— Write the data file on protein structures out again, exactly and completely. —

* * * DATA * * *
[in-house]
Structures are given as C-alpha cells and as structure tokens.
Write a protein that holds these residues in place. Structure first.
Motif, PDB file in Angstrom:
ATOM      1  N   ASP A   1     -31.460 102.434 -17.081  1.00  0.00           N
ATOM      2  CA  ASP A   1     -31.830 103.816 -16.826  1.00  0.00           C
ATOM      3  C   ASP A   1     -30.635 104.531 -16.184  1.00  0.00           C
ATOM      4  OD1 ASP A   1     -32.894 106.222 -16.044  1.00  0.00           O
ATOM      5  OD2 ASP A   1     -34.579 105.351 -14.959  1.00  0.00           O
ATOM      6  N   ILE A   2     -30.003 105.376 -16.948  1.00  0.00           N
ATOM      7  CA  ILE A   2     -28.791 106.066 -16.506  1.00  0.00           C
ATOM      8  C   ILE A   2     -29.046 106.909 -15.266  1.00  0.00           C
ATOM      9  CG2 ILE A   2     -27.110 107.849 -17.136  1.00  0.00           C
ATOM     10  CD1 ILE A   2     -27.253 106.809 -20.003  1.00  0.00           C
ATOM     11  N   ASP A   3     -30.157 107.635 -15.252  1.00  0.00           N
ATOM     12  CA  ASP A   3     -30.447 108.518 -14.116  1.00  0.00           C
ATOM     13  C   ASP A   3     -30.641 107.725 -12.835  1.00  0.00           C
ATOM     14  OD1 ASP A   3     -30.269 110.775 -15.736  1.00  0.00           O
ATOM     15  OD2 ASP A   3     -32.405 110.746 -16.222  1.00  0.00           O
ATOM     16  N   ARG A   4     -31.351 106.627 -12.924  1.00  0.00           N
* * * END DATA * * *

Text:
[in-house]
Structures are given as C-alpha cells and as structure tokens.
Write a protein that holds these residues in place. Structure first.
Motif, PDB file in Angstrom:
ATOM      1  N   ASP A   1     -31.460 102.434 -17.081  1.00  0.00           N
ATOM      2  CA  ASP A   1     -31.830 103.816 -16.826  1.00  0.00           C
ATOM      3  C   ASP A   1     -30.635 104.531 -16.184  1.00  0.00           C
ATOM      4  OD1 ASP A   1     -32.894 106.222 -16.044  1.00  0.00           O
ATOM      5  OD2 ASP A   1     -34.579 105.351 -14.959  1.00  0.00           O
ATOM      6  N   ILE A   2     -30.003 105.376 -16.948  1.00  0.00           N
ATOM      7  CA  ILE A   2     -28.791 106.066 -16.506  1.00  0.00           C
ATOM      8  C   ILE A   2     -29.046 106.909 -15.266  1.00  0.00           C
ATOM      9  CG2 ILE A   2     -27.110 107.849 -17.136  1.00  0.00           C
ATOM     10  CD1 ILE A   2     -27.253 106.809 -20.003  1.00  0.00           C
ATOM     11  N   ASP A   3     -30.157 107.635 -15.252  1.00  0.00           N
ATOM     12  CA  ASP A   3     -30.447 108.518 -14.116  1.00  0.00           C
ATOM     13  C   ASP A   3     -30.641 107.725 -12.835  1.00  0.00           C
ATOM     14  OD1 ASP A   3     -30.269 110.775 -15.736  1.00  0.00           O
ATOM     15  OD2 ASP A   3     -32.405 110.746 -16.222  1.00  0.00           O
ATOM     16  N   ARG A   4     -31.351 106.627 -12.924  1.00  0.00           N